49ers have already spent more in 2017 free agency than a year ago

Under the 49ers’ new regime, the club has already invested more in the free-agent market than a year ago under then-general manager Trent Baalke.

Just a reminder: The free-agent signing period does not officially open until March 9.

The 49ers on Friday reached a contract agreement with veteran defensive tackle Earl Mitchell, who is penciled into be a starter in the team’s new 4-3 base scheme under defensive coordinator Robert Saleh.

"As soon as Earl hit the open market, he became a priority for us to sign,” 49ers general manager John Lynch said in a statement released Saturday morning. “A man of high character, he represents everything we want to be as a football team. Earl is a tone-setter who plays the game with a tremendous passion and the effort necessary to win in this league. We believe those qualities are contagious and will help to make our team stronger. We look forward to the impact Earl will have on the field, in the locker room and in our community.”

It was the first significant move under Lynch, who also signed a player with NFL experience earlier in the week.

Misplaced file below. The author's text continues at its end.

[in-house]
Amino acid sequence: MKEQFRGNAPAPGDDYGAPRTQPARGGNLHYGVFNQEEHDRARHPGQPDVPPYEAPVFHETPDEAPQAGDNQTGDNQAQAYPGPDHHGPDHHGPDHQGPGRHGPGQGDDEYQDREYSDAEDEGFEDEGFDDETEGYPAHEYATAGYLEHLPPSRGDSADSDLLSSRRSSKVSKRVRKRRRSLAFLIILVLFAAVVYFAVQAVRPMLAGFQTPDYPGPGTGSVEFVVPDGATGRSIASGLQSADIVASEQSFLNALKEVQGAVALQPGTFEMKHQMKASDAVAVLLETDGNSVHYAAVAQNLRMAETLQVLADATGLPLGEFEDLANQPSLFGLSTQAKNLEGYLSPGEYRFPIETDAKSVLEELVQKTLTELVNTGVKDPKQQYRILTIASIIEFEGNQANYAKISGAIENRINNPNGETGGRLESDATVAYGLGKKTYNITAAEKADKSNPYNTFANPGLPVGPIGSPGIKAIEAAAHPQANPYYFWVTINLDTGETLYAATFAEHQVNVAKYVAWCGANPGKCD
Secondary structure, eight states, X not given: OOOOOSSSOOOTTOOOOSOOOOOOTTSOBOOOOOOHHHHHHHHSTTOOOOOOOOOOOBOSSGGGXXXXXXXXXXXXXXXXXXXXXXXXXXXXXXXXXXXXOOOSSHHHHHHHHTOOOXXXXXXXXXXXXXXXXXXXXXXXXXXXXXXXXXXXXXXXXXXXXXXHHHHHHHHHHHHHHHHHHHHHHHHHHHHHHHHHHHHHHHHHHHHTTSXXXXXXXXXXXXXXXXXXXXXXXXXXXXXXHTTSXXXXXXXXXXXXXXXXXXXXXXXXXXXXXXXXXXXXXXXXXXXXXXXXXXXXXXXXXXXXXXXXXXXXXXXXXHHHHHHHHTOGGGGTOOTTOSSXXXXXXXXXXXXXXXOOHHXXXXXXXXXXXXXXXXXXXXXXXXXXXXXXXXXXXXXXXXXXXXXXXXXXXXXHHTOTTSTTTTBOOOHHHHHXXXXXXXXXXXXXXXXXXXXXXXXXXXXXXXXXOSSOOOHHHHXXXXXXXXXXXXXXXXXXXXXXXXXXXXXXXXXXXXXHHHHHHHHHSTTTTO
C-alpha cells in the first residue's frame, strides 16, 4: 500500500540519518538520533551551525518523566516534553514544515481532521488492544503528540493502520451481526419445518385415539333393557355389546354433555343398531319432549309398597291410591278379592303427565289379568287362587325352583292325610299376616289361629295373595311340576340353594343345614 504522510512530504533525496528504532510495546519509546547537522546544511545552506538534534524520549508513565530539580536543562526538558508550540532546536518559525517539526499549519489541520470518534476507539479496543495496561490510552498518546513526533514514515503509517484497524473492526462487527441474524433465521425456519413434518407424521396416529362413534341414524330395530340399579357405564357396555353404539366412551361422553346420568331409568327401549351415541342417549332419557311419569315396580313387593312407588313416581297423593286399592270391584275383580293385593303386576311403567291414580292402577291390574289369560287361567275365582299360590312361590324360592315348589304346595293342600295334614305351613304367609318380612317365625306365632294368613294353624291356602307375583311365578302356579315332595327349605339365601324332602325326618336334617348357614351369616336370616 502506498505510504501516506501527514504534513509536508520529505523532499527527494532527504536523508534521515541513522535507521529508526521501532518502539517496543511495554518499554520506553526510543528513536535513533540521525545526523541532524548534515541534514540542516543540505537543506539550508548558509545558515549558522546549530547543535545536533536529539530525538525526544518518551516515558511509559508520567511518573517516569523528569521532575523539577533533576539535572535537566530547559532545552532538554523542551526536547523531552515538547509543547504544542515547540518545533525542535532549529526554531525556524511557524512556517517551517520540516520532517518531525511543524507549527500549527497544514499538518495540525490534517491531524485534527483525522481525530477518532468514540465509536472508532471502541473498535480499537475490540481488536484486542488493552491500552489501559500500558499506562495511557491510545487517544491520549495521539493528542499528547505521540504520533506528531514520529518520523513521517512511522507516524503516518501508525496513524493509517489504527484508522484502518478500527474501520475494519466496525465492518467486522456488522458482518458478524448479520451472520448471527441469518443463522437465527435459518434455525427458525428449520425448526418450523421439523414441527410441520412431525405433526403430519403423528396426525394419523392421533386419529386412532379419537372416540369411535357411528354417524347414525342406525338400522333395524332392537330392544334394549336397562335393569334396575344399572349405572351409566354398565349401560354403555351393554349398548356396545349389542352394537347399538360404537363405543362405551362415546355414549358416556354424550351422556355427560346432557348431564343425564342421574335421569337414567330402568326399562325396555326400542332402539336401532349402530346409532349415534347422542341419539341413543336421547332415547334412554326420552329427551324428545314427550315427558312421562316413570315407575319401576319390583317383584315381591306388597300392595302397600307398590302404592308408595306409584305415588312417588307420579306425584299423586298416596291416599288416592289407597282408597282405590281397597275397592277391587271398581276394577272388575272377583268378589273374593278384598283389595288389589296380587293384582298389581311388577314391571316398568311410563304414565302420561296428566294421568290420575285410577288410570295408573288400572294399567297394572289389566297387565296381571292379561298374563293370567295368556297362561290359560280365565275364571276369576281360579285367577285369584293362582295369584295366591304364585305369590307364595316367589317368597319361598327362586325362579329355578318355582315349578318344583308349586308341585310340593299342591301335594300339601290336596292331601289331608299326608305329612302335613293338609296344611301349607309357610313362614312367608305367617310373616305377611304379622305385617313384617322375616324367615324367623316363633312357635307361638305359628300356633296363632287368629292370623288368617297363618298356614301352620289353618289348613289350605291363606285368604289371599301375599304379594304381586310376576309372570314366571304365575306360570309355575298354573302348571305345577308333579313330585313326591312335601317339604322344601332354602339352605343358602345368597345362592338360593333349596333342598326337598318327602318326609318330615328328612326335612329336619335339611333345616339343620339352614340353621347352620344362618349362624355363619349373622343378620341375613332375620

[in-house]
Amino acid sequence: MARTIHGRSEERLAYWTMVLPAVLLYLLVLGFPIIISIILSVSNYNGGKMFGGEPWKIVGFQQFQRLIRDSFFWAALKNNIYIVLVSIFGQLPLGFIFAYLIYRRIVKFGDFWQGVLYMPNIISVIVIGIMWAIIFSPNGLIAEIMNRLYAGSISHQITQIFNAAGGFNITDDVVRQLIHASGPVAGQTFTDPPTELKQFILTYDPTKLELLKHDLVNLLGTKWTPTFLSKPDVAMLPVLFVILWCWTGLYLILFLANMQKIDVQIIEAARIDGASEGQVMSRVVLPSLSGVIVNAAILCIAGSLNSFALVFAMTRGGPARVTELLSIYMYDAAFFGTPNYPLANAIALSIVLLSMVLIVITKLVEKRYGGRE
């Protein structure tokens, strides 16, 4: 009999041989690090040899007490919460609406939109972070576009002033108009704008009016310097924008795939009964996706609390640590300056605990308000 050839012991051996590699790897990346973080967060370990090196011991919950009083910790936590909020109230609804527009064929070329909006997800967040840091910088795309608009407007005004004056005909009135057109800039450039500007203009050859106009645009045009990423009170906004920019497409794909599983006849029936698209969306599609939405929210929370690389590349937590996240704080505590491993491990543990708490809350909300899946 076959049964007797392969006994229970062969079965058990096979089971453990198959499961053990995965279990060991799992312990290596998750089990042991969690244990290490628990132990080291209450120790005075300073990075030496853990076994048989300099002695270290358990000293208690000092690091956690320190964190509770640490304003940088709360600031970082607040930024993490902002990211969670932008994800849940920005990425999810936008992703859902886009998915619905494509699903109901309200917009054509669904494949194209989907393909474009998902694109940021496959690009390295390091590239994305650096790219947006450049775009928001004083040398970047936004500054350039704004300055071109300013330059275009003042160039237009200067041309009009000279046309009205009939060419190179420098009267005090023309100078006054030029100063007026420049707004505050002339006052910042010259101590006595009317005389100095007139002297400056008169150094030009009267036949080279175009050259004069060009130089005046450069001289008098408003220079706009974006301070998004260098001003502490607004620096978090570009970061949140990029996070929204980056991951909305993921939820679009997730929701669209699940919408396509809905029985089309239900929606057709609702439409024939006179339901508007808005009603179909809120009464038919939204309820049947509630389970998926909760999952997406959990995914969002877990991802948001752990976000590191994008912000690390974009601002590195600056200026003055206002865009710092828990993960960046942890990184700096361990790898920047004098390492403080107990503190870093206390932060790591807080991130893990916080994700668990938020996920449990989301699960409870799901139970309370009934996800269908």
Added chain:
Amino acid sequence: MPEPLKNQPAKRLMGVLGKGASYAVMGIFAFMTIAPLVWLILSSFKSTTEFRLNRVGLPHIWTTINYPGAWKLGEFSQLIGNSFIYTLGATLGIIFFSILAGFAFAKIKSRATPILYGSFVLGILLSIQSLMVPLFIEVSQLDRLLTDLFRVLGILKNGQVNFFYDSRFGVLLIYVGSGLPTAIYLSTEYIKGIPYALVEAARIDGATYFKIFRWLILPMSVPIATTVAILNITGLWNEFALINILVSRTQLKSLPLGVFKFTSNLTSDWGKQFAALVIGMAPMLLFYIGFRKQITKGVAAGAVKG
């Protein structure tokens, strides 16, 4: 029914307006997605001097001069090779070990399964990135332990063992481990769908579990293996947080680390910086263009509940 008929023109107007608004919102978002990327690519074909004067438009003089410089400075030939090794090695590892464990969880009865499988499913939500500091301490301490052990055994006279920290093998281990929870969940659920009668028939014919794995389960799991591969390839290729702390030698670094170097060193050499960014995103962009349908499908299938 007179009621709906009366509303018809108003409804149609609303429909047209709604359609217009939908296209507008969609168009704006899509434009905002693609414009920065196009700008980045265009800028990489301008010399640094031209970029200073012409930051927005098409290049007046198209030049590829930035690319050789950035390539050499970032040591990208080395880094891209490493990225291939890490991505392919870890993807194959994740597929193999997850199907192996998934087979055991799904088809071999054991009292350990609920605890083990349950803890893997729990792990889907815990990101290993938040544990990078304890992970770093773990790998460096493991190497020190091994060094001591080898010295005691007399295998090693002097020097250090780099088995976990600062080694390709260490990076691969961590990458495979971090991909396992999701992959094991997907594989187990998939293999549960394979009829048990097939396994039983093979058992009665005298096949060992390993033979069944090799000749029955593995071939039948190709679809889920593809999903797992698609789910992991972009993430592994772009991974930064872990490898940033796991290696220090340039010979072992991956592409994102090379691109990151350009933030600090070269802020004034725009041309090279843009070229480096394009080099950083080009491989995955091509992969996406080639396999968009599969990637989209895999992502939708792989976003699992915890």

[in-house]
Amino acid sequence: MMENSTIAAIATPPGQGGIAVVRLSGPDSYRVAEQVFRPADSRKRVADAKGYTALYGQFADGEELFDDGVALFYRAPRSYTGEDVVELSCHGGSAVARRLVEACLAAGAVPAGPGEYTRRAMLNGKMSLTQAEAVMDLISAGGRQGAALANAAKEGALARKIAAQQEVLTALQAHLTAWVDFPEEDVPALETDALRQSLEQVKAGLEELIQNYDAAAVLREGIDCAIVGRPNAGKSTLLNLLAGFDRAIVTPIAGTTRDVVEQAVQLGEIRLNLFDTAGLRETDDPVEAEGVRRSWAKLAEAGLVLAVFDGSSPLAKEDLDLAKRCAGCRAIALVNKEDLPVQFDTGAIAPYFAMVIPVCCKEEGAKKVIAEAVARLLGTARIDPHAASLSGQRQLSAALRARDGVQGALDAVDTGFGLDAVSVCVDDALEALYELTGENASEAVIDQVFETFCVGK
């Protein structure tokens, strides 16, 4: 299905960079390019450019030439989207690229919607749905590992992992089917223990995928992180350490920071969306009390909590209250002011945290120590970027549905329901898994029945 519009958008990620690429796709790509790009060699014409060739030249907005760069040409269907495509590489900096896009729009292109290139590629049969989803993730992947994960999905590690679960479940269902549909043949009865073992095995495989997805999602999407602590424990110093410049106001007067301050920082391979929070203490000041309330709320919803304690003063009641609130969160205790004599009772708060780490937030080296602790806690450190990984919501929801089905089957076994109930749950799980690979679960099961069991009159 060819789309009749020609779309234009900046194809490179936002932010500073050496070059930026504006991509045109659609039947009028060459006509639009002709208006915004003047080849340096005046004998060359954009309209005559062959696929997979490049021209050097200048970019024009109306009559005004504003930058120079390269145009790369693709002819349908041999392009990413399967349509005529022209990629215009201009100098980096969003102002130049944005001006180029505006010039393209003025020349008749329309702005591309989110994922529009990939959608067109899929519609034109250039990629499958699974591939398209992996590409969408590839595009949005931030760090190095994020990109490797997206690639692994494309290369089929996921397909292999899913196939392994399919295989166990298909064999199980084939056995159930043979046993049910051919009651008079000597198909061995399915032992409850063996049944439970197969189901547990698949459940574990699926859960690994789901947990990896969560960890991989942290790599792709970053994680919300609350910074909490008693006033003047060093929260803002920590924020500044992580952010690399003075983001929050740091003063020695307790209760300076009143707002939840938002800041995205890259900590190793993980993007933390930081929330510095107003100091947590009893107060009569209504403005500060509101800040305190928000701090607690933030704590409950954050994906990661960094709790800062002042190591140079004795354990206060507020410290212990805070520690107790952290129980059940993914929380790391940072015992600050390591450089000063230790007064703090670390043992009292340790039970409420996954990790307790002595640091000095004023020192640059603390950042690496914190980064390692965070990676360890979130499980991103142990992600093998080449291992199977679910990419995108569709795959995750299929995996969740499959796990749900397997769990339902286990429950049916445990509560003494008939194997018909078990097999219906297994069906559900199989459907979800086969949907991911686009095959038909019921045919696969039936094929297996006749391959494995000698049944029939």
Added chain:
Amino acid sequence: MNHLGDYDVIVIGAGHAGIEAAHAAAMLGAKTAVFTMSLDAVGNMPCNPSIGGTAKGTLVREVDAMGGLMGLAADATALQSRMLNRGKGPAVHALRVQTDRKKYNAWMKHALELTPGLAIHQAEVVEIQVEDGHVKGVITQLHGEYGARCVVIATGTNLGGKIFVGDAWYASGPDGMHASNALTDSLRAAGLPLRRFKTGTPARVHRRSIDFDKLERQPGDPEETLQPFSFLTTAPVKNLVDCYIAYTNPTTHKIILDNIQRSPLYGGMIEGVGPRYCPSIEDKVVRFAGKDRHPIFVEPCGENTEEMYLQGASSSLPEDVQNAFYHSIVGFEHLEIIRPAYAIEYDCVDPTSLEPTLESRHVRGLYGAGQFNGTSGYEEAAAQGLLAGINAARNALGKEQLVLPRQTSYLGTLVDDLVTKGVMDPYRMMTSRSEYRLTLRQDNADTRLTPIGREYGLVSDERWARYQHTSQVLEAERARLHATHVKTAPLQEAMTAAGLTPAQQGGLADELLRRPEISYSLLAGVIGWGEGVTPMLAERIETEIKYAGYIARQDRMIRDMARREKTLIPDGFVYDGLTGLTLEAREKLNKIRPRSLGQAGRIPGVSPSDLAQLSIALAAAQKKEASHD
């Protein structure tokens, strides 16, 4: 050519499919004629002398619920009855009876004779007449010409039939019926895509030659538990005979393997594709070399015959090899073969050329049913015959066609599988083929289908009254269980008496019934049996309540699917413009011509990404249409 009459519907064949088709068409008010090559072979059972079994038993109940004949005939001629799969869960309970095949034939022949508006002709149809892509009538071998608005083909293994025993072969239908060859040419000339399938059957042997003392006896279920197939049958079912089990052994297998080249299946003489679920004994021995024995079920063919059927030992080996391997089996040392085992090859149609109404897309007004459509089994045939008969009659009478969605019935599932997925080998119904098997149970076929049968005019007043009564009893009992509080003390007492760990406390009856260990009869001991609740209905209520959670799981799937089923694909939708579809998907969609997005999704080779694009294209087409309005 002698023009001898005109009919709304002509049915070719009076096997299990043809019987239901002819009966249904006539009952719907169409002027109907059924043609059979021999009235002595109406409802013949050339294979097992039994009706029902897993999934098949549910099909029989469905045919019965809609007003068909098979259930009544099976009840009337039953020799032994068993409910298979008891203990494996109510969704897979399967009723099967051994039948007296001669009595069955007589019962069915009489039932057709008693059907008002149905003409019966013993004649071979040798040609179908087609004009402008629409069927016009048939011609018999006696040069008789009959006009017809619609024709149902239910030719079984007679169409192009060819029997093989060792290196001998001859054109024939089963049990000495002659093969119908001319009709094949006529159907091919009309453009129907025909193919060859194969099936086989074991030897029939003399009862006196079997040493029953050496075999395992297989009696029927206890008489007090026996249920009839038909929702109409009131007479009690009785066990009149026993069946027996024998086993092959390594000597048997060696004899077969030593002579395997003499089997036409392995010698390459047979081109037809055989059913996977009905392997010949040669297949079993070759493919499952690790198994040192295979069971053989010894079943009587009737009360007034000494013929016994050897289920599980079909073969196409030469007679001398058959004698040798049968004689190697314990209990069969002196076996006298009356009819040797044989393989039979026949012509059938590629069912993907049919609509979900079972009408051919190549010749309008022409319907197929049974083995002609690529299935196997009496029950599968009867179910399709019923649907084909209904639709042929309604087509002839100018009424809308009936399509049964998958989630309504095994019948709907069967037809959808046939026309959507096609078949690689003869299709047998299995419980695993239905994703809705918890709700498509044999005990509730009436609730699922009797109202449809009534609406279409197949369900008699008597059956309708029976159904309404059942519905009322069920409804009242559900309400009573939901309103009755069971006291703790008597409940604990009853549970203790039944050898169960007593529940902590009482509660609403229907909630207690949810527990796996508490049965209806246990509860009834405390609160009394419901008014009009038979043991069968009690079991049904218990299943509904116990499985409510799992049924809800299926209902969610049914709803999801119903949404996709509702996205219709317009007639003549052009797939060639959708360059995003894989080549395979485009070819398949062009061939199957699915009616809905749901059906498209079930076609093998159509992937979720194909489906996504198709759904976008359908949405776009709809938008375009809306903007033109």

The 49ers also added cornerback K’Waun Williams to a one-year contract. Williams served as the Cleveland Browns’ nickel back for two seasons. The Browns released him before the start of last season and he was unable to play due to an ankle injury.

Mitchell was available to be signed before the start of the new league year because the Miami Dolphins released him last week in a move to save the team $4 million in cap space.

Mitchell took four free-agent visits and after wrapping up his tour with the Atlanta Falcons on Friday, he and the 49ers quickly agreed on a four-year, $16 million contract that includes $5.5 million of money in the first year, according to a source.

Last year, Baalke did little to improve the roster for coach Chip Kelly. The 49ers, who finished 5-11 in Jim Tomsula's one season, dropped to 2-14. Just hours after the season concluded, the 49ers announced the firings of Baalke and Kelly.

The only veteran free-agent addition who stepped on the field for the 49ers last season was offensive lineman Zane Beadles. The 49ers signed Beadles in late-March to a three-year, $9.75 million contract with a $1.75 million signing bonus. Beadles had a good season for the 49ers, starting 13 games at left guard and the final three games at left tackle.

The 49ers have already shown more willingness to be aggressive under Lynch’s leadership.